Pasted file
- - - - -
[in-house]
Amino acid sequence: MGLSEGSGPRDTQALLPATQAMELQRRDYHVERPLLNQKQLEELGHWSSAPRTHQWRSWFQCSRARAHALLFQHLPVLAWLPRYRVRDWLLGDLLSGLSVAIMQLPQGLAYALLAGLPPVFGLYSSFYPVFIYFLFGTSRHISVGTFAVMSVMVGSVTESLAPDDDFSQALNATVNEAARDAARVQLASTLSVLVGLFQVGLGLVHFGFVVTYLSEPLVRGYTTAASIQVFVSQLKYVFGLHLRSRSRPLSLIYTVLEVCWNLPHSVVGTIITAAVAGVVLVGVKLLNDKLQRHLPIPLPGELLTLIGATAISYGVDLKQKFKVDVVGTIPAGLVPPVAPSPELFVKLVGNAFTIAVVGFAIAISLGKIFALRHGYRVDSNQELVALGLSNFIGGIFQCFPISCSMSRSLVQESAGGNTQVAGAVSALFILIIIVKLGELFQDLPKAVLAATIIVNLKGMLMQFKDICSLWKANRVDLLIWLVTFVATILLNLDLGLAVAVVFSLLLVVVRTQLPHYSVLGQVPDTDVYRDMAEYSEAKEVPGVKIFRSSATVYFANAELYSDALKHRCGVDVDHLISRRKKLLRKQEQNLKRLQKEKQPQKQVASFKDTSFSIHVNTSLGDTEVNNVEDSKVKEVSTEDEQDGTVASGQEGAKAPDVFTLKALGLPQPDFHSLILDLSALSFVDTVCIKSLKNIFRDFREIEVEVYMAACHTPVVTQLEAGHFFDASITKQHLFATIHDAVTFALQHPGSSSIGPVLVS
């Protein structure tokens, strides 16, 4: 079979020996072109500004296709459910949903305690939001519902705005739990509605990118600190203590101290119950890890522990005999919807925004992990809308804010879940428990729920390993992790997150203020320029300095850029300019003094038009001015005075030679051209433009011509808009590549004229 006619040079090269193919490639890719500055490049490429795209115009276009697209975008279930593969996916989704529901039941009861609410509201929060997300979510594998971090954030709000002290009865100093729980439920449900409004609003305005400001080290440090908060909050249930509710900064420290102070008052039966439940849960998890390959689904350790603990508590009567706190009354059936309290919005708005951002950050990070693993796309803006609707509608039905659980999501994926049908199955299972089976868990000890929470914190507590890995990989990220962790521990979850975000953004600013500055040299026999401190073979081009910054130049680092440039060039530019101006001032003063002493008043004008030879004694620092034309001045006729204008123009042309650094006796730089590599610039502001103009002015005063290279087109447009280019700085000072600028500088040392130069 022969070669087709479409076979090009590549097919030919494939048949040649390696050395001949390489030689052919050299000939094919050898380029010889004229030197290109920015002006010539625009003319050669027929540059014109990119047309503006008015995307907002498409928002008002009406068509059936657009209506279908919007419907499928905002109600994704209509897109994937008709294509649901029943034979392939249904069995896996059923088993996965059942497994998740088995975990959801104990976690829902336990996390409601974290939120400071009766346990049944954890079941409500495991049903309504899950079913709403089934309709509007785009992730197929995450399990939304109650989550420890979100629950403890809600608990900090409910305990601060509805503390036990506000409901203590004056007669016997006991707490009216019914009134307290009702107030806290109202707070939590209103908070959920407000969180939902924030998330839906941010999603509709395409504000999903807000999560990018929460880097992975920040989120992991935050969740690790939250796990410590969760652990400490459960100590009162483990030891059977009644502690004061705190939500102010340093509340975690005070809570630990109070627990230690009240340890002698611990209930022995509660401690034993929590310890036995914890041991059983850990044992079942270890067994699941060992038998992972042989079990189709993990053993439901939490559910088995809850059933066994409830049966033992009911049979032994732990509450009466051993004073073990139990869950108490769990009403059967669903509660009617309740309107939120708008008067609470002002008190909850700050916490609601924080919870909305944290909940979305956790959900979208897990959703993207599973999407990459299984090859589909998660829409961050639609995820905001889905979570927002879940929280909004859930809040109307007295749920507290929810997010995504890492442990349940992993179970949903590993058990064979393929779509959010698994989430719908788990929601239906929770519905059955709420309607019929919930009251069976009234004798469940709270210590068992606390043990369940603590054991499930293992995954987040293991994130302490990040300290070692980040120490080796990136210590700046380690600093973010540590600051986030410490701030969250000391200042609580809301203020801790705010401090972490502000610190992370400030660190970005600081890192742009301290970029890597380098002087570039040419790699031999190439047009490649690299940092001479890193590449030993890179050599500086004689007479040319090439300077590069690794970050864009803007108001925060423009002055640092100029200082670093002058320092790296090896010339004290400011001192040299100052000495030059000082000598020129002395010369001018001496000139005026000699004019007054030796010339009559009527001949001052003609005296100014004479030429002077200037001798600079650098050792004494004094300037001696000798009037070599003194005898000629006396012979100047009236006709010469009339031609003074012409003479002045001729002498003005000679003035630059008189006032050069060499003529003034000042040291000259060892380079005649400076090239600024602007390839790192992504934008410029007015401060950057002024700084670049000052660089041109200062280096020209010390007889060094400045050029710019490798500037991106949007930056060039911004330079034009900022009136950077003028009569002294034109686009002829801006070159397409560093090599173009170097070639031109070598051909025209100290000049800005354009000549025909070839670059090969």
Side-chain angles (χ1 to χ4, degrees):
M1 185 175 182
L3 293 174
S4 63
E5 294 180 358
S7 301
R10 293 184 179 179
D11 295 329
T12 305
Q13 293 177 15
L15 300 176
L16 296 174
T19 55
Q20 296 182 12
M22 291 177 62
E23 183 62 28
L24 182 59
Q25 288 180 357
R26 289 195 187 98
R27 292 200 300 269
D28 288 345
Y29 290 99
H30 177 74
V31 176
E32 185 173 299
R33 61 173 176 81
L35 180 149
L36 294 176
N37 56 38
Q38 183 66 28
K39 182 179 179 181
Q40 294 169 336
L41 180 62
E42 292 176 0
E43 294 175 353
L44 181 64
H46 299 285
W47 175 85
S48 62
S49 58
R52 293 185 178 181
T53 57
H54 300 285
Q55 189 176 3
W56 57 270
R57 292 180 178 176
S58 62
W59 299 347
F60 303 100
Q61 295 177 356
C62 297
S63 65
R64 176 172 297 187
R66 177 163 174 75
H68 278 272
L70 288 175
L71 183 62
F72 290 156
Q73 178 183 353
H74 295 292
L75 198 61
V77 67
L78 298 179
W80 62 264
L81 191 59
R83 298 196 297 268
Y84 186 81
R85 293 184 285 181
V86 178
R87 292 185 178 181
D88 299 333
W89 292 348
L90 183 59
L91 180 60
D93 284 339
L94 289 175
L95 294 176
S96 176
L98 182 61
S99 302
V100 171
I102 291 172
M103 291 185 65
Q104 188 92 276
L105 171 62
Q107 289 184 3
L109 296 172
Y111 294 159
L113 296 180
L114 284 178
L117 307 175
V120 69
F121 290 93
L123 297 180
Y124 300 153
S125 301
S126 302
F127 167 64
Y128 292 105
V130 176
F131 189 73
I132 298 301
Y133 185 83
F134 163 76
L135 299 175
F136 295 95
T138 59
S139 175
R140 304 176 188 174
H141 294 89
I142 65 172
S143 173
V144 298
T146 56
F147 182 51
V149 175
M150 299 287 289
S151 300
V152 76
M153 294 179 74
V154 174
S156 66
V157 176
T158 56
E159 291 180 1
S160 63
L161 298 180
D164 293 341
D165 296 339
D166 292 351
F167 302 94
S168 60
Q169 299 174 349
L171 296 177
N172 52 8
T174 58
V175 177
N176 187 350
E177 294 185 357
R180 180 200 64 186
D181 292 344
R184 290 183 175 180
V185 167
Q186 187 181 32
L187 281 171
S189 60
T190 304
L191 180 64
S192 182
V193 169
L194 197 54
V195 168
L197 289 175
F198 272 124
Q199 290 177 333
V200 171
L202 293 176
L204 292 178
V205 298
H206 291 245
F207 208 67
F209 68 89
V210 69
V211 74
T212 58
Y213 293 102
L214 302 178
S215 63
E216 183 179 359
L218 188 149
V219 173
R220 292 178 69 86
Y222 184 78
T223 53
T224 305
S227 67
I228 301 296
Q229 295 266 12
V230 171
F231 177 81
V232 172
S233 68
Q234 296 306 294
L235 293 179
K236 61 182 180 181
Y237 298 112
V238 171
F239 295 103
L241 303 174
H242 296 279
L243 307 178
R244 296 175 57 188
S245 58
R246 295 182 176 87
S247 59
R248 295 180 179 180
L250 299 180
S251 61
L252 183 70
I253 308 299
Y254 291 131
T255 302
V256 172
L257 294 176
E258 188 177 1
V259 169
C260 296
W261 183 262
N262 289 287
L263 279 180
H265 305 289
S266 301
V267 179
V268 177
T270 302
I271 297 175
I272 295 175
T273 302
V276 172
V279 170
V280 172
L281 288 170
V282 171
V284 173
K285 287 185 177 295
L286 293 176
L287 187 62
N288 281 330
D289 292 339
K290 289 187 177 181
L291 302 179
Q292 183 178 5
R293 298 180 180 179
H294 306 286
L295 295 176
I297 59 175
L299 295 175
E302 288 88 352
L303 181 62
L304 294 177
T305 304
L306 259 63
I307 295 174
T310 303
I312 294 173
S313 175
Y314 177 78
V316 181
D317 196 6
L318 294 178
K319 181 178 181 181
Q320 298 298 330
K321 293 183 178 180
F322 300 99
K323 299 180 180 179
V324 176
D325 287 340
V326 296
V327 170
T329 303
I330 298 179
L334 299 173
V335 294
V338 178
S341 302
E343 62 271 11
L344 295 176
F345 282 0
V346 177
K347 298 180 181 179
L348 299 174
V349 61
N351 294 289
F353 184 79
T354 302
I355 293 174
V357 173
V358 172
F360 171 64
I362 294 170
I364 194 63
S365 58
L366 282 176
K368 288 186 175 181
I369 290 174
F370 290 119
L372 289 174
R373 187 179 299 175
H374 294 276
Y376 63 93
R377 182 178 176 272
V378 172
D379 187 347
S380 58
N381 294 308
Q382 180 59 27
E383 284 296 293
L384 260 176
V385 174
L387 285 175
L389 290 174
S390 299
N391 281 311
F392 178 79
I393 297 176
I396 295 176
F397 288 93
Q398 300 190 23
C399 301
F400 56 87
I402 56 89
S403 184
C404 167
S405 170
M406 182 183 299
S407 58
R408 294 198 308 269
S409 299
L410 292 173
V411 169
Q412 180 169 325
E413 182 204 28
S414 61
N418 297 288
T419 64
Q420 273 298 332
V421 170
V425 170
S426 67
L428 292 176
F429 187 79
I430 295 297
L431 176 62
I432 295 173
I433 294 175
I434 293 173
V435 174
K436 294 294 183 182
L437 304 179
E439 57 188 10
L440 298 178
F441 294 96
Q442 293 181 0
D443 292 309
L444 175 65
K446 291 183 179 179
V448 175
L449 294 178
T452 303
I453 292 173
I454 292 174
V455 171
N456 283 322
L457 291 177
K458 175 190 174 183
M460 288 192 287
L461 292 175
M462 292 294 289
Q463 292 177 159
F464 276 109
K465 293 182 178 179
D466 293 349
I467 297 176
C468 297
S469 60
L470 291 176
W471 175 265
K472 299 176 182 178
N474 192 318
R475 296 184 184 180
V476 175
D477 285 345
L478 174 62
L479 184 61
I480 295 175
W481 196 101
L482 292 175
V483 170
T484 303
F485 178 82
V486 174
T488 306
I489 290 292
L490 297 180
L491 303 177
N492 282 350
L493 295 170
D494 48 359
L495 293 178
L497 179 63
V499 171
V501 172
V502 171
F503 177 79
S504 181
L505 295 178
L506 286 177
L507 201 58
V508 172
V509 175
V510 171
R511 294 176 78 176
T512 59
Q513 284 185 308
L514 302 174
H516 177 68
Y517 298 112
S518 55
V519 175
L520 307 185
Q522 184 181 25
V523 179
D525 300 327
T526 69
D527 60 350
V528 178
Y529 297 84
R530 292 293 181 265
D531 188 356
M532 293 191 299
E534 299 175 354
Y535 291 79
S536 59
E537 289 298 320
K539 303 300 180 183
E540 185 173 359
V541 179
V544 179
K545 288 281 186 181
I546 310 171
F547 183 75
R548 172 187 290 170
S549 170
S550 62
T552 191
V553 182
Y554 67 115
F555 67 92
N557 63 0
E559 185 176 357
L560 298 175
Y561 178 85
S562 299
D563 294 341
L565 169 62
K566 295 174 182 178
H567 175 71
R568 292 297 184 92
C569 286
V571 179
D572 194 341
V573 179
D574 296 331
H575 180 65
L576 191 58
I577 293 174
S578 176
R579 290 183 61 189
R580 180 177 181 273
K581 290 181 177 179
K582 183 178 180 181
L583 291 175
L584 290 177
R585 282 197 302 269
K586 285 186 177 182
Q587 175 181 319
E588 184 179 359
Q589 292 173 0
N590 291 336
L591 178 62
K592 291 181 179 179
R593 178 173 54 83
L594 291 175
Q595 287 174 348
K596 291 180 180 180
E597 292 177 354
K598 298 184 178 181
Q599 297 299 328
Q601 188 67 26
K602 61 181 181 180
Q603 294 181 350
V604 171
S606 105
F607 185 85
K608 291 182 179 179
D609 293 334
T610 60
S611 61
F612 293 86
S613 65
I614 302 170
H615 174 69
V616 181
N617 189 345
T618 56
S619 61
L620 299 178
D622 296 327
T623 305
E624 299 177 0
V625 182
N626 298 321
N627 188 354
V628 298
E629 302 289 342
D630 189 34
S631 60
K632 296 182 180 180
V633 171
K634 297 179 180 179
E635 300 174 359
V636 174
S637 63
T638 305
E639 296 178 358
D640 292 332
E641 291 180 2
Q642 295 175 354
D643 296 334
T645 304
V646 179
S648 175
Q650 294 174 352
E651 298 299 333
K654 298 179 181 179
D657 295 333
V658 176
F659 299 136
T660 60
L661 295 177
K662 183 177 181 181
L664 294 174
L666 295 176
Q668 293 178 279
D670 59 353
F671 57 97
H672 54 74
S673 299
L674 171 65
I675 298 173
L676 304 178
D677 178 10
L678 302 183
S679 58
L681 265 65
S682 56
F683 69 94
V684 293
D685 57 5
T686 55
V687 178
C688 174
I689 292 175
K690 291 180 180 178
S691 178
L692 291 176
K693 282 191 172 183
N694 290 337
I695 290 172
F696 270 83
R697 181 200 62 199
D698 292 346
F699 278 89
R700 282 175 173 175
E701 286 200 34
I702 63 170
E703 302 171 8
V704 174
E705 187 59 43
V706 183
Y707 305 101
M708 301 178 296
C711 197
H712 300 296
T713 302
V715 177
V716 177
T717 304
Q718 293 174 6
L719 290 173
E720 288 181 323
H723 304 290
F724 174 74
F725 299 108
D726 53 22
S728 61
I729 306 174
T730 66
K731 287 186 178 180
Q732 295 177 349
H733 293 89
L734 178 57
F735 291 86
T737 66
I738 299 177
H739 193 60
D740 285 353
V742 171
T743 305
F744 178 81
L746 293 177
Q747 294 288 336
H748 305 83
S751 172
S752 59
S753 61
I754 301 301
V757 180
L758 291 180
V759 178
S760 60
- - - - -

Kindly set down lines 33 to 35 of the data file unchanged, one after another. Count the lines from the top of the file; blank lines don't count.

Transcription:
Q38 183 66 28
K39 182 179 179 181
Q40 294 169 336